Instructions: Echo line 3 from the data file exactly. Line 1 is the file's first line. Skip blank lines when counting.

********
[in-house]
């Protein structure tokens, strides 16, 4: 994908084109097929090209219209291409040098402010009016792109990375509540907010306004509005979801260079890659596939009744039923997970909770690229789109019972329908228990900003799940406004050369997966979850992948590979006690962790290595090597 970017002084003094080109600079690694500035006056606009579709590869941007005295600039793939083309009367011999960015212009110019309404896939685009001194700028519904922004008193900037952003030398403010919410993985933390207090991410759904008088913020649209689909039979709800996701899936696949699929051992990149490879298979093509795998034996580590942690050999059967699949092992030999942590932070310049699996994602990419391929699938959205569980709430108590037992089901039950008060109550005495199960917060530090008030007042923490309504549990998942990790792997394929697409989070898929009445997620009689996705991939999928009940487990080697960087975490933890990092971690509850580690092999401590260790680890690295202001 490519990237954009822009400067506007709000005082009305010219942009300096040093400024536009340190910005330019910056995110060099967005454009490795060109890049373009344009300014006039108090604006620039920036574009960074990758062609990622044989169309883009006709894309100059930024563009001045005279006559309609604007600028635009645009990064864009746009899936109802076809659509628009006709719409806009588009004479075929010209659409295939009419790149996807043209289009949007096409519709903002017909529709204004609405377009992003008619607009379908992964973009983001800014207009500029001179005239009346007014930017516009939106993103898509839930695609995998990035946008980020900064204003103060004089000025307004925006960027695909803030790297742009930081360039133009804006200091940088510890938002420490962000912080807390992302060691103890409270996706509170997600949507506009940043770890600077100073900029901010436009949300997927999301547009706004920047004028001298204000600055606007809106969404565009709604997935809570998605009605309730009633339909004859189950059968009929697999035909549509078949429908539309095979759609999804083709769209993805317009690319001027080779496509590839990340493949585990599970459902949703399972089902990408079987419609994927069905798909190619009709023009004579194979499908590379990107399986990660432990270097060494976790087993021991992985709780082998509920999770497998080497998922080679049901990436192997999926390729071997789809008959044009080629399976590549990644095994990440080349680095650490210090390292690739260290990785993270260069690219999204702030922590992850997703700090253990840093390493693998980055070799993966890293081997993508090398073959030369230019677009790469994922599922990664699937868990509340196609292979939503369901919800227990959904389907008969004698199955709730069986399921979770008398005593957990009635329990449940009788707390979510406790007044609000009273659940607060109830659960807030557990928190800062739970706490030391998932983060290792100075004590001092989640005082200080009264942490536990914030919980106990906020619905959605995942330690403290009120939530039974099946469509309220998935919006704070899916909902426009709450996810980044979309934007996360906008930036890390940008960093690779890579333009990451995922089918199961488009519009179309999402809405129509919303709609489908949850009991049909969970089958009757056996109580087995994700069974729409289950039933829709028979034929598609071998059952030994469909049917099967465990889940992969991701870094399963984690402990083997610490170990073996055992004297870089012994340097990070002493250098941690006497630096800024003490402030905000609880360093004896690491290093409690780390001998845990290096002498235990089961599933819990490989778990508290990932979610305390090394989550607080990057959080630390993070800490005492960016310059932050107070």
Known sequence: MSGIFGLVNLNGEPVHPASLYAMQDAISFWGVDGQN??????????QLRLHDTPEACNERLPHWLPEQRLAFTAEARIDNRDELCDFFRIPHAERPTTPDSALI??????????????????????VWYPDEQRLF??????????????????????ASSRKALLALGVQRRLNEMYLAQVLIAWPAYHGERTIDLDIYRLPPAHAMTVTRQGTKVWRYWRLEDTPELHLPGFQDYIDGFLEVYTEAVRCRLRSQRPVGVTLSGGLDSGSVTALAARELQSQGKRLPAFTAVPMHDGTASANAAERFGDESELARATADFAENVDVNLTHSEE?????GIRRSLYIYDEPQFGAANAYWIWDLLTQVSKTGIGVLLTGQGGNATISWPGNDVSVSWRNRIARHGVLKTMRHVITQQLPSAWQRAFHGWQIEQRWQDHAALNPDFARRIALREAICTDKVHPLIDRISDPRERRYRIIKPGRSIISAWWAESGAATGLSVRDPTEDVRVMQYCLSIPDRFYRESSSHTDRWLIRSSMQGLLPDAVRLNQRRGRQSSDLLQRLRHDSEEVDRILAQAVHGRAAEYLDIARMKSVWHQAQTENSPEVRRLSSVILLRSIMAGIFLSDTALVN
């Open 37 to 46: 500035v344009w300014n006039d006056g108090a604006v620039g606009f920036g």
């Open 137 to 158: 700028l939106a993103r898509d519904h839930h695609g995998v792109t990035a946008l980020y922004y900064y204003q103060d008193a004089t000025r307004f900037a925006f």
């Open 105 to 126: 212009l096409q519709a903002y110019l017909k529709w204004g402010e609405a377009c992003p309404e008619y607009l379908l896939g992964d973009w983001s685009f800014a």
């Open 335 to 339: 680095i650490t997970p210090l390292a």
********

Known sequence: MSGIFGLVNLNGEPVHPASLYAMQDAISFWGVDGQN??????????QLRLHDTPEACNERLPHWLPEQRLAFTAEARIDNRDELCDFFRIPHAERPTTPDSALI??????????????????????VWYPDEQRLF??????????????????????ASSRKALLALGVQRRLNEMYLAQVLIAWPAYHGERTIDLDIYRLPPAHAMTVTRQGTKVWRYWRLEDTPELHLPGFQDYIDGFLEVYTEAVRCRLRSQRPVGVTLSGGLDSGSVTALAARELQSQGKRLPAFTAVPMHDGTASANAAERFGDESELARATADFAENVDVNLTHSEE?????GIRRSLYIYDEPQFGAANAYWIWDLLTQVSKTGIGVLLTGQGGNATISWPGNDVSVSWRNRIARHGVLKTMRHVITQQLPSAWQRAFHGWQIEQRWQDHAALNPDFARRIALREAICTDKVHPLIDRISDPRERRYRIIKPGRSIISAWWAESGAATGLSVRDPTEDVRVMQYCLSIPDRFYRESSSHTDRWLIRSSMQGLLPDAVRLNQRRGRQSSDLLQRLRHDSEEVDRILAQAVHGRAAEYLDIARMKSVWHQAQTENSPEVRRLSSVILLRSIMAGIFLSDTALVN